Following up on the giant insider-trading case a few weeks ago against Raj Rajaratnam and Galleon Management, the SEC brought insider trading charges against 13 more yesterday, including charges against a pair of lawyers for tipping inside information in exchange for kickbacks.
This story was interesting not only for the involvement of Wall Street lawyers (see the WSJ Law Blog for a discussion of how often lawyers are involved in insider trading – answer: it’s rare), but for the colorful nickname of one of the defendants – “the Octopussy” – as well as notable details about the use of disposable cell phones. As noted by this NY Times article, this story has Hollywood potential written all over it – one of the main characters is named “Roomy Khan”! Another is “Deep Shah”!
Enforcement Director Rob Khuzami gave these remarks about how insider trading is a corruption of the basic principle that the markets are fair, including these memorable words:
Goffer would promptly tip the other traders we charge today, at times going to such extraordinary lengths to cover his tracks that he used disposable cell phones.
He gave one of his tippees a disposable cell phone that had two programmed phone numbers labeled “you” and “me.”
After the insider trading was complete, Goffer destroyed the disposable cell phone by removing the SIM card, biting it, and breaking the phone in half.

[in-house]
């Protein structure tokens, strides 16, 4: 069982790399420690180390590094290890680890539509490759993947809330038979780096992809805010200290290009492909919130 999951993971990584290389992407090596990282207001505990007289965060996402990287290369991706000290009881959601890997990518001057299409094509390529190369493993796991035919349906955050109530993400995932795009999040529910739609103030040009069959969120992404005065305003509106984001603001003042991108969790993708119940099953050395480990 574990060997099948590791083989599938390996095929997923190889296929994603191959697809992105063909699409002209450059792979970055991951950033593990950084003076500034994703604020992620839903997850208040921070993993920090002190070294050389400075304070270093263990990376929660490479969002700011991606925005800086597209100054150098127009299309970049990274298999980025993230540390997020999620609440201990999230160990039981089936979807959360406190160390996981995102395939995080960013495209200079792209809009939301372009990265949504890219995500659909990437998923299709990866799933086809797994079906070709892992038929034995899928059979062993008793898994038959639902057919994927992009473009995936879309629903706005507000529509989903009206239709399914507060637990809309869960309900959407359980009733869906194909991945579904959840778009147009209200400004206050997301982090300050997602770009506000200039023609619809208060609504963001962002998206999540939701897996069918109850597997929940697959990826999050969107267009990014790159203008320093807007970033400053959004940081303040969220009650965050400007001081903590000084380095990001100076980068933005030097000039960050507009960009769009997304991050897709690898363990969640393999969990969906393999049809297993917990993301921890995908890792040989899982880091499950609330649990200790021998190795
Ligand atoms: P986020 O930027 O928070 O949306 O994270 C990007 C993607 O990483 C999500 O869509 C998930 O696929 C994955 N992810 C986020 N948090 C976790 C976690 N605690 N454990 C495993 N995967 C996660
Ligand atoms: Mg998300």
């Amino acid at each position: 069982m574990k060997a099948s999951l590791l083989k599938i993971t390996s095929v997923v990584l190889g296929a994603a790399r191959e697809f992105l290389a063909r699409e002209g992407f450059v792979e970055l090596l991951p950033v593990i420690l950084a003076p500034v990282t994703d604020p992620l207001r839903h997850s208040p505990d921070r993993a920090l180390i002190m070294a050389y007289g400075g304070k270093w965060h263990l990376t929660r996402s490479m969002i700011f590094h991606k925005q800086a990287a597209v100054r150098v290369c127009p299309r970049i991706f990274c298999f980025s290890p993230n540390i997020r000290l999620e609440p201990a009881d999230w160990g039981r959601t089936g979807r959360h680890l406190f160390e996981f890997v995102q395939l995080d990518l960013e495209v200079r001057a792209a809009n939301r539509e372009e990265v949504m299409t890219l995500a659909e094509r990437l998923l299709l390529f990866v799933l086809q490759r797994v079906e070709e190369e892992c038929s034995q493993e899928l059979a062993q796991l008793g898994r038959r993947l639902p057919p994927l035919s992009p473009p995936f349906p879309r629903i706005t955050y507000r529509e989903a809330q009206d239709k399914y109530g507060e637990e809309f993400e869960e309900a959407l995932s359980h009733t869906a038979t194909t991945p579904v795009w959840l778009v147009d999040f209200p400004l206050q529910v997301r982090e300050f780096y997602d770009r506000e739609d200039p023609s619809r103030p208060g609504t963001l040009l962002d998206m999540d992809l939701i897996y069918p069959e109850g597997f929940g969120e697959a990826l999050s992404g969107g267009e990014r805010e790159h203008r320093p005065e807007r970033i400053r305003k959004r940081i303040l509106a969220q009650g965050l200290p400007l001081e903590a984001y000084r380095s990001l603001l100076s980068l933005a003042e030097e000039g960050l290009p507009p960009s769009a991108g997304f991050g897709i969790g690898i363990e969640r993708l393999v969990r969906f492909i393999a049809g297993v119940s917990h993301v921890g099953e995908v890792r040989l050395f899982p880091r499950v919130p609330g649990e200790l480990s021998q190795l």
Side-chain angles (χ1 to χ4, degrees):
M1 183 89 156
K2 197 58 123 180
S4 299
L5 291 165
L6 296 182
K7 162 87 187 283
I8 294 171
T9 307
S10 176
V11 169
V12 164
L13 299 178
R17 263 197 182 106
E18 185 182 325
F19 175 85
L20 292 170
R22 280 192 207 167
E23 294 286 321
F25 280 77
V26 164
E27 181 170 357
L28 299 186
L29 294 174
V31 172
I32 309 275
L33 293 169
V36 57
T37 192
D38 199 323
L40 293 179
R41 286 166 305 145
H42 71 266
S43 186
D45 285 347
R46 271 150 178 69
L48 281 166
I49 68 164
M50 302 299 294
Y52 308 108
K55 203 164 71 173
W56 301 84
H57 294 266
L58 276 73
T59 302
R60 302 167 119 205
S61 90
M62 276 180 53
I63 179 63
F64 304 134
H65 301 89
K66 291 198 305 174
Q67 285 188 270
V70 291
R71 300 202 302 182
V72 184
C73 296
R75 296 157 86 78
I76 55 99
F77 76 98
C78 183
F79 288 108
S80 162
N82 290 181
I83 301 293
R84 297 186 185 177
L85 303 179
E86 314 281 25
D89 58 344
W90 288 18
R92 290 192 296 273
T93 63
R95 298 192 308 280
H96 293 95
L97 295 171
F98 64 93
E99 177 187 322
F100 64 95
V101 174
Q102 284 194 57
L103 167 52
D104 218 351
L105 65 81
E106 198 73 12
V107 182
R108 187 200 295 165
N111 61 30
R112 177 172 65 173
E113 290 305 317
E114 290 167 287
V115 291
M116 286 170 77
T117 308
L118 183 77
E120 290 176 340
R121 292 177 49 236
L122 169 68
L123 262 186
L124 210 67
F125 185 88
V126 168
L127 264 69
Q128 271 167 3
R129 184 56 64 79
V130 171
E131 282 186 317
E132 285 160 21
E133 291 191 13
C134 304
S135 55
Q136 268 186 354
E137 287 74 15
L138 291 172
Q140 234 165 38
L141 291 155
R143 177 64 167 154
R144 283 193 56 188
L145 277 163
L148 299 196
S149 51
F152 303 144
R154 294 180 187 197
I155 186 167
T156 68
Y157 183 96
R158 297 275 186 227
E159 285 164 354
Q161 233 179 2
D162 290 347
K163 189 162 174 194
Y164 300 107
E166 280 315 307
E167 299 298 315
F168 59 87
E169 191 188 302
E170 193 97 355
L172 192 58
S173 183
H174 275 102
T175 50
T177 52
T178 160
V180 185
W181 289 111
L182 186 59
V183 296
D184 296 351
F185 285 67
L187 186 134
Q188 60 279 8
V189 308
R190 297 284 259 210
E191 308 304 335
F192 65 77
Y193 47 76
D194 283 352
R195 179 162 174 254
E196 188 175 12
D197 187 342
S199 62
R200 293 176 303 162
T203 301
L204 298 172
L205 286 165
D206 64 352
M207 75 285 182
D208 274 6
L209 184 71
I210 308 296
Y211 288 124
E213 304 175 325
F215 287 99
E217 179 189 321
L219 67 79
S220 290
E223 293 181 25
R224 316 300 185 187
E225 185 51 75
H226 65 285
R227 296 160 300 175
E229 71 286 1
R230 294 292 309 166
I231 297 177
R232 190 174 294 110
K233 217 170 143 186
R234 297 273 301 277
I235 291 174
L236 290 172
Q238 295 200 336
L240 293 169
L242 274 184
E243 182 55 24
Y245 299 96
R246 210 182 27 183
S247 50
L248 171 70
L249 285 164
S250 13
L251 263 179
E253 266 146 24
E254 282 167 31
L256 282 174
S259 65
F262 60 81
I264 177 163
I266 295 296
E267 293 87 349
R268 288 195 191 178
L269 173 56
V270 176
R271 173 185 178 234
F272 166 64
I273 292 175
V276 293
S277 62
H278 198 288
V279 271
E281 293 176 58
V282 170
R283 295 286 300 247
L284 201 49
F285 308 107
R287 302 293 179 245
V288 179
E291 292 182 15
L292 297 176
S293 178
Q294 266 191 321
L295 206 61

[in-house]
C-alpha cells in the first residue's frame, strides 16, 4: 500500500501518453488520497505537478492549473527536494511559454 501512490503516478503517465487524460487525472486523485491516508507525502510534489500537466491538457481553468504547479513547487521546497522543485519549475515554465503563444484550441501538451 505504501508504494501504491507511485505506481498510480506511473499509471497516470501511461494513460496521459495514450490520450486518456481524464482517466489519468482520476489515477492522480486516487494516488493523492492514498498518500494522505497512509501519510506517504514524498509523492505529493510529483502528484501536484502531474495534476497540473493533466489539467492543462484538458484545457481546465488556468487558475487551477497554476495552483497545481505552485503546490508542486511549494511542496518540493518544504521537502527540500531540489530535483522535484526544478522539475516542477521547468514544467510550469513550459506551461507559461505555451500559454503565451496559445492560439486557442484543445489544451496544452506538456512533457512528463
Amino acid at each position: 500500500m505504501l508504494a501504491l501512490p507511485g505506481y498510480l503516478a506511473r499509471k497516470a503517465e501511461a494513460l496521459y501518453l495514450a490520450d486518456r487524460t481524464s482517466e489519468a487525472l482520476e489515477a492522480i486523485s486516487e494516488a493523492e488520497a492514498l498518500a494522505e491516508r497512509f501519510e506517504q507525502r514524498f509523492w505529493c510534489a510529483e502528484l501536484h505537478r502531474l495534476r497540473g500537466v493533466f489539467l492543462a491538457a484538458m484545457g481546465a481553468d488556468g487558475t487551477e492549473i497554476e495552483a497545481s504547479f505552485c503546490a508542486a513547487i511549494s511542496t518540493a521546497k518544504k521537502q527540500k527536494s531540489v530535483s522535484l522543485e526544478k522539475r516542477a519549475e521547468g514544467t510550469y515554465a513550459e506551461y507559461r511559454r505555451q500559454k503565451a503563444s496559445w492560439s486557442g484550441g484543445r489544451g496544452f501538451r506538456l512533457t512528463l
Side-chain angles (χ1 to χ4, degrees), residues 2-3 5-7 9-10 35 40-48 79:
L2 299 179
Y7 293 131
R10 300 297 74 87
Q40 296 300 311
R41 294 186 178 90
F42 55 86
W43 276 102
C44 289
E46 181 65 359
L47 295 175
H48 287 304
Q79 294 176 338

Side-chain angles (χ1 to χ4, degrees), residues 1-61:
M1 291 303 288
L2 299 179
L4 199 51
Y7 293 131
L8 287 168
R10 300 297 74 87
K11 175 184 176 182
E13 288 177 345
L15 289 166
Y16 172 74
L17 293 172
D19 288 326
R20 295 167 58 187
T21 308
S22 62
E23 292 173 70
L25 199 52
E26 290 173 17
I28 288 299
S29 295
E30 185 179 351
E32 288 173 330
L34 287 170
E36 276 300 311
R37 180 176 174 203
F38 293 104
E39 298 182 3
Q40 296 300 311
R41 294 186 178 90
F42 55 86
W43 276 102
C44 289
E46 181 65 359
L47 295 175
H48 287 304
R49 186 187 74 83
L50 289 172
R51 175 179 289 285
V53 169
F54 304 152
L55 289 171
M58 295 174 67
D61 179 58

He threw away half of the phone, and then instructed his tippee to dispose of the other half.
Needless to say, these antics might be appropriate in a James Bond movie.
But they have no place among Wall Street professionals who participate in our capital markets.
The ethical and legal judgments of these defendants were flatly wrong.
They weren’t close calls.
They weren’t nuanced.
They weren’t in gray areas.
As an aside, the SEC’s new Division of Risk, Strategy, and Financial Innovation is getting off the ground by announcing the hiring of three senior people…
US Supreme Court: Oral Arguments for Jones v. Harris
Last month, I blogged about the importance of the US Supreme Court’s Jones v. Harris case since it could impact the fiduciary duties of directors, including this podcast. Oral arguments were held this week and here are some reactions:
– “The Conglomerate Blog” has at least a half dozen entries – scroll down
– “Race to the Bottom Blog” has a two-parter
The NYSE Speaks ’09: Latest Developments and Interpretations
We have posted the transcript from our recent webcast: “The NYSE Speaks ’09: Latest Developments and Interpretations.”
– Broc Romanek